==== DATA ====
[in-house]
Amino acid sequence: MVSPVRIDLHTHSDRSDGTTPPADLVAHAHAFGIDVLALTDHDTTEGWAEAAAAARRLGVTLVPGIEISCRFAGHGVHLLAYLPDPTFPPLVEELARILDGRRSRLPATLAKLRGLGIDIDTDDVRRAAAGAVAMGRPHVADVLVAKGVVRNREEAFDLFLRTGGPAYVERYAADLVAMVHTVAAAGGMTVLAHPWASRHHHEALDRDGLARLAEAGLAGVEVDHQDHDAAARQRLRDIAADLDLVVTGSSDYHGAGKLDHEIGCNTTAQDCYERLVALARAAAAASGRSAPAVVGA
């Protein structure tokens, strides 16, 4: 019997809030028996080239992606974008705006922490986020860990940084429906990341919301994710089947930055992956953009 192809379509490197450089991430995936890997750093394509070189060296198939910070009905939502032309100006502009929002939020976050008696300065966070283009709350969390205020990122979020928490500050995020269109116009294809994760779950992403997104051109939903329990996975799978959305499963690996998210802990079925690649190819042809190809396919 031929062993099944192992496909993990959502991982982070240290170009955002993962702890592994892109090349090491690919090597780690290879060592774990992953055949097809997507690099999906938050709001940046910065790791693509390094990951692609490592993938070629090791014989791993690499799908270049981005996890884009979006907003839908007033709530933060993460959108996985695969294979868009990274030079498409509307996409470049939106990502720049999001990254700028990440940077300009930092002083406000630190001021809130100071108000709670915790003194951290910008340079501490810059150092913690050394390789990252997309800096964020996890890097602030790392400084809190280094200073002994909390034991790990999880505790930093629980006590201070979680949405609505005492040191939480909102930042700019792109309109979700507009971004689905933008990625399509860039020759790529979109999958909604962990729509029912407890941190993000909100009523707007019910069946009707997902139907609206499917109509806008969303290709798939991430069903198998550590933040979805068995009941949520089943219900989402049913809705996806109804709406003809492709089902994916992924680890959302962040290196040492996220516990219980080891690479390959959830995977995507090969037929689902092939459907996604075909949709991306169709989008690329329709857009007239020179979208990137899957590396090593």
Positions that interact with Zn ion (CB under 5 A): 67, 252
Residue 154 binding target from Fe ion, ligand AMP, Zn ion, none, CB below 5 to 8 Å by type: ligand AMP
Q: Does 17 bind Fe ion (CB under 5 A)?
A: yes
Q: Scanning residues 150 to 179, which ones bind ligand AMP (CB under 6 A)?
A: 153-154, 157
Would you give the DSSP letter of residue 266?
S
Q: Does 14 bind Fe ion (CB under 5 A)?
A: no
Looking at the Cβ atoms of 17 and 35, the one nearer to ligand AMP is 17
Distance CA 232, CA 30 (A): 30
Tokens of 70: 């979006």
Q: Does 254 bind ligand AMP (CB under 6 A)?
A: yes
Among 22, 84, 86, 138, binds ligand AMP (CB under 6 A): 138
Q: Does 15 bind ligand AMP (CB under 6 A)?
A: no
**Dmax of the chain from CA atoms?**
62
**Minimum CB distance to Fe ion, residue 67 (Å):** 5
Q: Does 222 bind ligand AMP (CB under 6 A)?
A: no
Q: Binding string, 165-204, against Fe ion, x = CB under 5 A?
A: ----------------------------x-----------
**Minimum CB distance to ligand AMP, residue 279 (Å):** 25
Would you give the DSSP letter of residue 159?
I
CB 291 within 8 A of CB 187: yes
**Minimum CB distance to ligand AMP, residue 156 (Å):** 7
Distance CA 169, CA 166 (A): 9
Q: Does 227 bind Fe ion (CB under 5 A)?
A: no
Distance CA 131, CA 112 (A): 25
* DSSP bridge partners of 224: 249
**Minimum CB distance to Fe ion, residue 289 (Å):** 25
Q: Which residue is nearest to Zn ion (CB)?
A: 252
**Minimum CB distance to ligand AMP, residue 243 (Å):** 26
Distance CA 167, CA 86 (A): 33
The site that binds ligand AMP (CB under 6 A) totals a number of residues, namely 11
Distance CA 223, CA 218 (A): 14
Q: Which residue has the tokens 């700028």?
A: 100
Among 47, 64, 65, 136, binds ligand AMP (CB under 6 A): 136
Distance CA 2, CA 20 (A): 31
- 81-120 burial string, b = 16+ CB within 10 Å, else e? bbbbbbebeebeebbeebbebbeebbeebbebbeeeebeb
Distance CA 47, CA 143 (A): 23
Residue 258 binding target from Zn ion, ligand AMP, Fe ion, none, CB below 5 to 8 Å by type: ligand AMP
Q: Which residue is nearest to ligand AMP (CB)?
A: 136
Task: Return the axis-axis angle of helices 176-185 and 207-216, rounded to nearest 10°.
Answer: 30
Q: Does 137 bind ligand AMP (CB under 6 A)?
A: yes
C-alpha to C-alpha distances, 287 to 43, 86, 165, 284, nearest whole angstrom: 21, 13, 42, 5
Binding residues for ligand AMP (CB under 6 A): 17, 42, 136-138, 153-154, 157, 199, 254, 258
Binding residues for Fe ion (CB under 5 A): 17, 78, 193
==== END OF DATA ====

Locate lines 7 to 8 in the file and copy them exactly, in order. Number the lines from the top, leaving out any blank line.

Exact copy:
A: yes
Q: Scanning residues 150 to 179, which ones bind ligand AMP (CB under 6 A)?